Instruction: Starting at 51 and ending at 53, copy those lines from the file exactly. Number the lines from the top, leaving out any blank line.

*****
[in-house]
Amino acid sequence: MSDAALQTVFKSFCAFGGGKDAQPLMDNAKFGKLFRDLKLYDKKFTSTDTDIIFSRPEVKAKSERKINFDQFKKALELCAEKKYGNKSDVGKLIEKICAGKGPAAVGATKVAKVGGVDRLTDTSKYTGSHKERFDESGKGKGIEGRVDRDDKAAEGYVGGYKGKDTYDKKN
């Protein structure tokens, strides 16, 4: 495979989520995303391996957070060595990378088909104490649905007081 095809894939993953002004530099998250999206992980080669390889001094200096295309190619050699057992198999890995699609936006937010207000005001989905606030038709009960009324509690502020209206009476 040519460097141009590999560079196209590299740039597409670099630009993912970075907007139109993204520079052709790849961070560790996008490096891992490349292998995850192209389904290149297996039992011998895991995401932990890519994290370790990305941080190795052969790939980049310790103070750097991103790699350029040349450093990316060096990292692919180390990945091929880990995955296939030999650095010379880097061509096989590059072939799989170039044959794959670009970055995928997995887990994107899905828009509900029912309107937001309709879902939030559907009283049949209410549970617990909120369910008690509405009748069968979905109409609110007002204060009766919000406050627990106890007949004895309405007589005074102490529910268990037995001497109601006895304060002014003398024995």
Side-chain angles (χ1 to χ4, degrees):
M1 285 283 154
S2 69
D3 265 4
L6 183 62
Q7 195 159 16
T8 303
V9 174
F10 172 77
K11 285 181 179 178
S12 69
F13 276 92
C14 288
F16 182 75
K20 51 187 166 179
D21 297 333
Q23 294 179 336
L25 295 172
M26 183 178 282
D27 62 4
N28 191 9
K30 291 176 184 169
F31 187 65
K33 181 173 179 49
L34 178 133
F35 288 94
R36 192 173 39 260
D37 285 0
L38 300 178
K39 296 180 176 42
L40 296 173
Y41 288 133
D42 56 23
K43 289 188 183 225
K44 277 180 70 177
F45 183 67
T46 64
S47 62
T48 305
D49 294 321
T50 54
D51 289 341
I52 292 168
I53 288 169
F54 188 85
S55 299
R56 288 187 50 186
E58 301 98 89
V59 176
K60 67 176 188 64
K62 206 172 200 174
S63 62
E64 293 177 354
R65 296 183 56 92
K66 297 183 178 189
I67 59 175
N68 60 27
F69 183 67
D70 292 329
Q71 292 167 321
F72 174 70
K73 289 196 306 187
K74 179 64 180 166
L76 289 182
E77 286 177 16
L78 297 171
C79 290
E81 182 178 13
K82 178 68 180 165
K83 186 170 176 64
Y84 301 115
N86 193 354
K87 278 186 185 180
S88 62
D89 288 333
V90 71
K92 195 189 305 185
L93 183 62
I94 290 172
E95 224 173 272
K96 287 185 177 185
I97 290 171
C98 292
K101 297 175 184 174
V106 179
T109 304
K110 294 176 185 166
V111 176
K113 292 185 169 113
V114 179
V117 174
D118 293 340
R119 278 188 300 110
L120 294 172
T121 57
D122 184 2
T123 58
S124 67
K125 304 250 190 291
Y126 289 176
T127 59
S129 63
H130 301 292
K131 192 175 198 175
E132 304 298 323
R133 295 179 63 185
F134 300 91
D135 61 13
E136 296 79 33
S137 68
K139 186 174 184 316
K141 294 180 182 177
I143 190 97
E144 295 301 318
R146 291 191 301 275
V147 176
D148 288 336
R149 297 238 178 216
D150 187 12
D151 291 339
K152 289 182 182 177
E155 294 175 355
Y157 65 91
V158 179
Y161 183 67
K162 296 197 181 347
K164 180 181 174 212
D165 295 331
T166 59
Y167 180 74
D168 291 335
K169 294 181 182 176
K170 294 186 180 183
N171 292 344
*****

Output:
E58 301 98 89
V59 176
K60 67 176 188 64